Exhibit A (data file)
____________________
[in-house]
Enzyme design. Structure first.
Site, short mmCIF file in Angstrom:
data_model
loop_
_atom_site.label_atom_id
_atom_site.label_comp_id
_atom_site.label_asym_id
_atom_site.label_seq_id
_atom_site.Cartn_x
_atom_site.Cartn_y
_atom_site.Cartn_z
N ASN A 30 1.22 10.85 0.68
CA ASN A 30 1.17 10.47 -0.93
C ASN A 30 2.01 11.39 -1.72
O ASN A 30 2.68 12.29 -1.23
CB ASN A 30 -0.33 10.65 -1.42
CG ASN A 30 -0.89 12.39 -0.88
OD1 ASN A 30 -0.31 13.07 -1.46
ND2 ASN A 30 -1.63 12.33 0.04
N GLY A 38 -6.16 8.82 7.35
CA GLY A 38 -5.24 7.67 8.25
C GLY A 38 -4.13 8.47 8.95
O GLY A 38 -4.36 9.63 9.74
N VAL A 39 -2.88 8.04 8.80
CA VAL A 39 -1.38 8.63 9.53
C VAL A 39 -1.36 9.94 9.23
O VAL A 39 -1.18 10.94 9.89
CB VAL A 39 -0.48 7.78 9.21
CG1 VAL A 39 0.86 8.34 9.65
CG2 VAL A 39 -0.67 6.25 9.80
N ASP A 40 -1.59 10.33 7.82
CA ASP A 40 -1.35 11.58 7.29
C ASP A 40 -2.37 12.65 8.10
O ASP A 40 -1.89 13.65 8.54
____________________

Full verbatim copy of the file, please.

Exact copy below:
[in-house]
Enzyme design. Structure first.
Site, short mmCIF file in Angstrom:
data_model
loop_
_atom_site.label_atom_id
_atom_site.label_comp_id
_atom_site.label_asym_id
_atom_site.label_seq_id
_atom_site.Cartn_x
_atom_site.Cartn_y
_atom_site.Cartn_z
N ASN A 30 1.22 10.85 0.68
CA ASN A 30 1.17 10.47 -0.93
C ASN A 30 2.01 11.39 -1.72
O ASN A 30 2.68 12.29 -1.23
CB ASN A 30 -0.33 10.65 -1.42
CG ASN A 30 -0.89 12.39 -0.88
OD1 ASN A 30 -0.31 13.07 -1.46
ND2 ASN A 30 -1.63 12.33 0.04
N GLY A 38 -6.16 8.82 7.35
CA GLY A 38 -5.24 7.67 8.25
C GLY A 38 -4.13 8.47 8.95
O GLY A 38 -4.36 9.63 9.74
N VAL A 39 -2.88 8.04 8.80
CA VAL A 39 -1.38 8.63 9.53
C VAL A 39 -1.36 9.94 9.23
O VAL A 39 -1.18 10.94 9.89
CB VAL A 39 -0.48 7.78 9.21
CG1 VAL A 39 0.86 8.34 9.65
CG2 VAL A 39 -0.67 6.25 9.80
N ASP A 40 -1.59 10.33 7.82
CA ASP A 40 -1.35 11.58 7.29
C ASP A 40 -2.37 12.65 8.10
O ASP A 40 -1.89 13.65 8.54